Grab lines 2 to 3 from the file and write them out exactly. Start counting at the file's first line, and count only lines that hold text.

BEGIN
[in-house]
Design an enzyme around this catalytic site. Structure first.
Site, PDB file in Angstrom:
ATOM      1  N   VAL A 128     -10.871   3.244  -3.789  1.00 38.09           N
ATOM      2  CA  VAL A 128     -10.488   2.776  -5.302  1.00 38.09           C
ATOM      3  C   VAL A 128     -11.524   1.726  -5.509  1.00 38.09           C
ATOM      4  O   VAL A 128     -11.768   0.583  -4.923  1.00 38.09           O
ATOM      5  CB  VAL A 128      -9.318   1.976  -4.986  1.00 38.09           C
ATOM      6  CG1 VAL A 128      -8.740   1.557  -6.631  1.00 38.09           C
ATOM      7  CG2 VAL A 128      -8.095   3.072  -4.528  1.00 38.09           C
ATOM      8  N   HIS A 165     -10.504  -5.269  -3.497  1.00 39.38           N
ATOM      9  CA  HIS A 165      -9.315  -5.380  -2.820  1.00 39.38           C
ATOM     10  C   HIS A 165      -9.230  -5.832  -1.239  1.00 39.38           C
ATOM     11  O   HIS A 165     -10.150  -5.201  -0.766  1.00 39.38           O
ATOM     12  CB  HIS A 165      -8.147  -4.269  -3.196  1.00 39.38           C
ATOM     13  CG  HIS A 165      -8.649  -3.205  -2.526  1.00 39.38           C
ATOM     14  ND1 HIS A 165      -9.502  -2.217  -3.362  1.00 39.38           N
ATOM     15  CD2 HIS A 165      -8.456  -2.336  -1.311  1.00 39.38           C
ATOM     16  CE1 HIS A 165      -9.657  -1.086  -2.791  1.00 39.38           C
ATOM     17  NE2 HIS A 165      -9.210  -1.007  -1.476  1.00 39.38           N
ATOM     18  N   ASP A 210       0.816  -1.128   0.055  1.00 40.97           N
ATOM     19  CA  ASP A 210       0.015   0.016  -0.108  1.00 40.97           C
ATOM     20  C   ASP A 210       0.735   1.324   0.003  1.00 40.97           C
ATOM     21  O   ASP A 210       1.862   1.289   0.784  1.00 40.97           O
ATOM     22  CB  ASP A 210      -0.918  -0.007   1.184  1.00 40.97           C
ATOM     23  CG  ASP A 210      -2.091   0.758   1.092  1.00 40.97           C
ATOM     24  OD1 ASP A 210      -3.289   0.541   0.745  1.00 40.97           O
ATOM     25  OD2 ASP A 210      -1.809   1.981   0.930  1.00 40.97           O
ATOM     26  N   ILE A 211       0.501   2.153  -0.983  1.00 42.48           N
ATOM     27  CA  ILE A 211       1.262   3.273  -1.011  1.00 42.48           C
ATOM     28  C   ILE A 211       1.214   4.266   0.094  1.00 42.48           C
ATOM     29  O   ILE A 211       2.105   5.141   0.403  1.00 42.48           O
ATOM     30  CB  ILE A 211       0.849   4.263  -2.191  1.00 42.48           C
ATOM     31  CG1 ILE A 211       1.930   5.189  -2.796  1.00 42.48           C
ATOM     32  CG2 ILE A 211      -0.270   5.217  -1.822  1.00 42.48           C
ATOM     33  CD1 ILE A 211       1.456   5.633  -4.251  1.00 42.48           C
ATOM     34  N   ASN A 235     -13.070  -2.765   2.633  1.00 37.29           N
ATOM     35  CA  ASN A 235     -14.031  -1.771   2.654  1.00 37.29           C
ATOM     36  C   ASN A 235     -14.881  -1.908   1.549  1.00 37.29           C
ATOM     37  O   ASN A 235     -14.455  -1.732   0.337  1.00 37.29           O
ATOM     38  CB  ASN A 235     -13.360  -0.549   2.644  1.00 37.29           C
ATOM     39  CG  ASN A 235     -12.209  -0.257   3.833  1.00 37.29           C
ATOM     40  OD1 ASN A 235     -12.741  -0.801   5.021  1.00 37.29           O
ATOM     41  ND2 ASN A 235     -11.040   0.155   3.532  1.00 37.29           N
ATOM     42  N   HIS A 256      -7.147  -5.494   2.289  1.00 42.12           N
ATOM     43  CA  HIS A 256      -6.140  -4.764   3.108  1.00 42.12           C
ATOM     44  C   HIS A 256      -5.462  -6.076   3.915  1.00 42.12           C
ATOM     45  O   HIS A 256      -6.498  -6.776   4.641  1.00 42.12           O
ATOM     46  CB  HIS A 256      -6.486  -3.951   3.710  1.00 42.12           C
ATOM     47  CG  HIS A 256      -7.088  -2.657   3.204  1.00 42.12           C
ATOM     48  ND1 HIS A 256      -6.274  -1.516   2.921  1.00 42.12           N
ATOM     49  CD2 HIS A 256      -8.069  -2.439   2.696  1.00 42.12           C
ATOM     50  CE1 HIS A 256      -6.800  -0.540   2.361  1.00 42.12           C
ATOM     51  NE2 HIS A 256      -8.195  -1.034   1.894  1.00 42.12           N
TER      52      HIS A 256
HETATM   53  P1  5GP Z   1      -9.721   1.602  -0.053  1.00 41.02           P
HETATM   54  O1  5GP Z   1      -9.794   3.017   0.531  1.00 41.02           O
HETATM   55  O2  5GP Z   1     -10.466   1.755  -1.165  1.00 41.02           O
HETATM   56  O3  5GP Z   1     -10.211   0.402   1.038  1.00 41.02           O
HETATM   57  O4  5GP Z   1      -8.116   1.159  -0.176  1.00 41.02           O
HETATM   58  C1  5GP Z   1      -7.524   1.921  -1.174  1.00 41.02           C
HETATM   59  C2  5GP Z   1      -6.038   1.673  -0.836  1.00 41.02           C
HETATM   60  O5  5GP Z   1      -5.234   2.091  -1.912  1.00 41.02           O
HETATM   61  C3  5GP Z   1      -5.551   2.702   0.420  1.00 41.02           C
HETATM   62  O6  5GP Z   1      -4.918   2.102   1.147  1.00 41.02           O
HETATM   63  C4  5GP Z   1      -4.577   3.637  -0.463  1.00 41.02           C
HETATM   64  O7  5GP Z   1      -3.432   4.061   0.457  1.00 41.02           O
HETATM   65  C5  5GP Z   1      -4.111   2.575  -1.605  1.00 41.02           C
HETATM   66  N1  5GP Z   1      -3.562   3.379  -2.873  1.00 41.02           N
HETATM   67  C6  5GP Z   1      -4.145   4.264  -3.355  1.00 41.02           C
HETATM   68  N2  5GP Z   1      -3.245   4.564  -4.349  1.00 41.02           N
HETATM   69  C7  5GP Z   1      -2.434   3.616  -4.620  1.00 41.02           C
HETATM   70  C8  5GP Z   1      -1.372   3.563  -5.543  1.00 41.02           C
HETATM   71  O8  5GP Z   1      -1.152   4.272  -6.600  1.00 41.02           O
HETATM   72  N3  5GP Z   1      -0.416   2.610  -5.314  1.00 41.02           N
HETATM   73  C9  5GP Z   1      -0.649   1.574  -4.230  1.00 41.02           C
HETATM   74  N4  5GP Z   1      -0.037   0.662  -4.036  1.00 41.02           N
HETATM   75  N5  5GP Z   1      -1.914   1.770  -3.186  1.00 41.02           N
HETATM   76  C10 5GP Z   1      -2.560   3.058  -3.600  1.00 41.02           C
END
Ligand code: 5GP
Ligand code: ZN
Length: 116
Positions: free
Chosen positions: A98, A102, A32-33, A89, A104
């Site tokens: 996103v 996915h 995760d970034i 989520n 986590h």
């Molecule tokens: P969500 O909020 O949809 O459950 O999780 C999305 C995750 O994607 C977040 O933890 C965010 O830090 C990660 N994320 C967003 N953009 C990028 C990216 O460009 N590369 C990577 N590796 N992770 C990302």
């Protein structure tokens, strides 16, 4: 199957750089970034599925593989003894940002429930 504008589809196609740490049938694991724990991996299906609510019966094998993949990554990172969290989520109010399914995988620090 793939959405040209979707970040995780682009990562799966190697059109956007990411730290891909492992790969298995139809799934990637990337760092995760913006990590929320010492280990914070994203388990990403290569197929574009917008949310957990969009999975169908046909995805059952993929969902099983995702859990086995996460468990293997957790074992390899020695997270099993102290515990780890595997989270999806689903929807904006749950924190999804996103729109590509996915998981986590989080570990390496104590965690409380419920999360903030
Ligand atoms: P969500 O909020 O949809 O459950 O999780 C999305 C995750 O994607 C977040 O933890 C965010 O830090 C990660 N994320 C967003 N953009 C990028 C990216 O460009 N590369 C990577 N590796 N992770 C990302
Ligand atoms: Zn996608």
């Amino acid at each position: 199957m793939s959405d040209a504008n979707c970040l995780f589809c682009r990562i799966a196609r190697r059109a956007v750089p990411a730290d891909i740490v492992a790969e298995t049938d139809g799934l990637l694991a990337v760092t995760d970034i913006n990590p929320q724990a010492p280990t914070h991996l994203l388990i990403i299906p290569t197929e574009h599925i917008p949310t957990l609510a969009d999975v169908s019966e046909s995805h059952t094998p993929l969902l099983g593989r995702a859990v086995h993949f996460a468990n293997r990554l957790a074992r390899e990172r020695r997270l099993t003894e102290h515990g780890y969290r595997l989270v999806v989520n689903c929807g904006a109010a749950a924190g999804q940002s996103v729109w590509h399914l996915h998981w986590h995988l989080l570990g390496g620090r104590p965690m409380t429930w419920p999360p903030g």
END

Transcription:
Design an enzyme around this catalytic site. Structure first.
Site, PDB file in Angstrom: